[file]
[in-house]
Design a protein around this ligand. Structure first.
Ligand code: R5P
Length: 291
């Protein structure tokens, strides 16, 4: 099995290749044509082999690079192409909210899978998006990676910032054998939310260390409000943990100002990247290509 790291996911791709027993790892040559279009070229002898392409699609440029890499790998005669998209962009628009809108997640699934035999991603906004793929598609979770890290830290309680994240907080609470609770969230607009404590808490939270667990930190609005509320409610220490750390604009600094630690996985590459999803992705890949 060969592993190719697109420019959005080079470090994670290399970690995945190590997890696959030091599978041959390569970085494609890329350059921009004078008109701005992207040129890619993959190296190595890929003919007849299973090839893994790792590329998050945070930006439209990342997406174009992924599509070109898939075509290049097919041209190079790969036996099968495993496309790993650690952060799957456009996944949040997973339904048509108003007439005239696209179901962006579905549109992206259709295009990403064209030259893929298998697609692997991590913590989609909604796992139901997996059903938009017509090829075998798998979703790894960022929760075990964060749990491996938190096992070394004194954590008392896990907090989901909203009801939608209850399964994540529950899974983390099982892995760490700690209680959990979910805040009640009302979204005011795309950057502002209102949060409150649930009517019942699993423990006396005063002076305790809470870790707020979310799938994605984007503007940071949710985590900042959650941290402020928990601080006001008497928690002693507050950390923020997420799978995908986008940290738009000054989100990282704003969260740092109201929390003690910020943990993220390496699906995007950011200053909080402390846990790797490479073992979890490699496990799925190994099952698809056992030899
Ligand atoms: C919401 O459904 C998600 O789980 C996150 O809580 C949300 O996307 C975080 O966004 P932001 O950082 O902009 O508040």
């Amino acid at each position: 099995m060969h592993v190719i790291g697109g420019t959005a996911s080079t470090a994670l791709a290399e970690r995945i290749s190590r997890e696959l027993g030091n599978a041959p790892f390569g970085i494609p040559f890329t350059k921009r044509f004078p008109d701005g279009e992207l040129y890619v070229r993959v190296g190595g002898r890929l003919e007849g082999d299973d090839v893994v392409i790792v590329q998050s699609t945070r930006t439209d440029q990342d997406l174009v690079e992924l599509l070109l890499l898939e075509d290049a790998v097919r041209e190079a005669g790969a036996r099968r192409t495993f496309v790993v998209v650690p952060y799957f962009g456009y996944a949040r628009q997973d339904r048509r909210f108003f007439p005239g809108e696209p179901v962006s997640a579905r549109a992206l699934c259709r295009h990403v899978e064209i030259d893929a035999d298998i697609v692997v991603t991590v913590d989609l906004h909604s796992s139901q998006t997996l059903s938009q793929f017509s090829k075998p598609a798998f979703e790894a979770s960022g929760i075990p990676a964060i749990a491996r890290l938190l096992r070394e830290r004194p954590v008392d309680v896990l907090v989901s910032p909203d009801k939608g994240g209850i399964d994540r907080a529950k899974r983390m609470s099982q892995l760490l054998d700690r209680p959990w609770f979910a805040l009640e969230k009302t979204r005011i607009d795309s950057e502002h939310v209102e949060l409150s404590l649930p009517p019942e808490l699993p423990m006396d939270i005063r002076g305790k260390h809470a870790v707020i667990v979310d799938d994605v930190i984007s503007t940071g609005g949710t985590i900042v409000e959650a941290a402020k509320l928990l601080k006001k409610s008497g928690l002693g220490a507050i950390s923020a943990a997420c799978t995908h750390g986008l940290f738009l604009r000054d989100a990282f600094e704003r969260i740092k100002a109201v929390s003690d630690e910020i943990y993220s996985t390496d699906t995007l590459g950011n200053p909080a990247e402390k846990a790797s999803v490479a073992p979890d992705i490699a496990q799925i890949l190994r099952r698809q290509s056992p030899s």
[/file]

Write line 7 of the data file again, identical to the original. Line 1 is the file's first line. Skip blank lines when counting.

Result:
């Amino acid at each position: 099995m060969h592993v190719i790291g697109g420019t959005a996911s080079t470090a994670l791709a290399e970690r995945i290749s190590r997890e696959l027993g030091n599978a041959p790892f390569g970085i494609p040559f890329t350059k921009r044509f004078p008109d701005g279009e992207l040129y890619v070229r993959v190296g190595g002898r890929l003919e007849g082999d299973d090839v893994v392409i790792v590329q998050s699609t945070r930006t439209d440029q990342d997406l174009v690079e992924l599509l070109l890499l898939e075509d290049a790998v097919r041209e190079a005669g790969a036996r099968r192409t495993f496309v790993v998209v650690p952060y799957f962009g456009y996944a949040r628009q997973d339904r048509r909210f108003f007439p005239g809108e696209p179901v962006s997640a579905r549109a992206l699934c259709r295009h990403v899978e064209i030259d893929a035999d298998i697609v692997v991603t991590v913590d989609l906004h909604s796992s139901q998006t997996l059903s938009q793929f017509s090829k075998p598609a798998f979703e790894a979770s960022g929760i075990p990676a964060i749990a491996r890290l938190l096992r070394e830290r004194p954590v008392d309680v896990l907090v989901s910032p909203d009801k939608g994240g209850i399964d994540r907080a529950k899974r983390m609470s099982q892995l760490l054998d700690r209680p959990w609770f979910a805040l009640e969230k009302t979204r005011i607009d795309s950057e502002h939310v209102e949060l409150s404590l649930p009517p019942e808490l699993p423990m006396d939270i005063r002076g305790k260390h809470a870790v707020i667990v979310d799938d994605v930190i984007s503007t940071g609005g949710t985590i900042v409000e959650a941290a402020k509320l928990l601080k006001k409610s008497g928690l002693g220490a507050i950390s923020a943990a997420c799978t995908h750390g986008l940290f738009l604009r000054d989100a990282f600094e704003r969260i740092k100002a109201v929390s003690d630690e910020i943990y993220s996985t390496d699906t995007l590459g950011n200053p909080a990247e402390k846990a790797s999803v490479a073992p979890d992705i490699a496990q799925i890949l190994r099952r698809q290509s056992p030899s």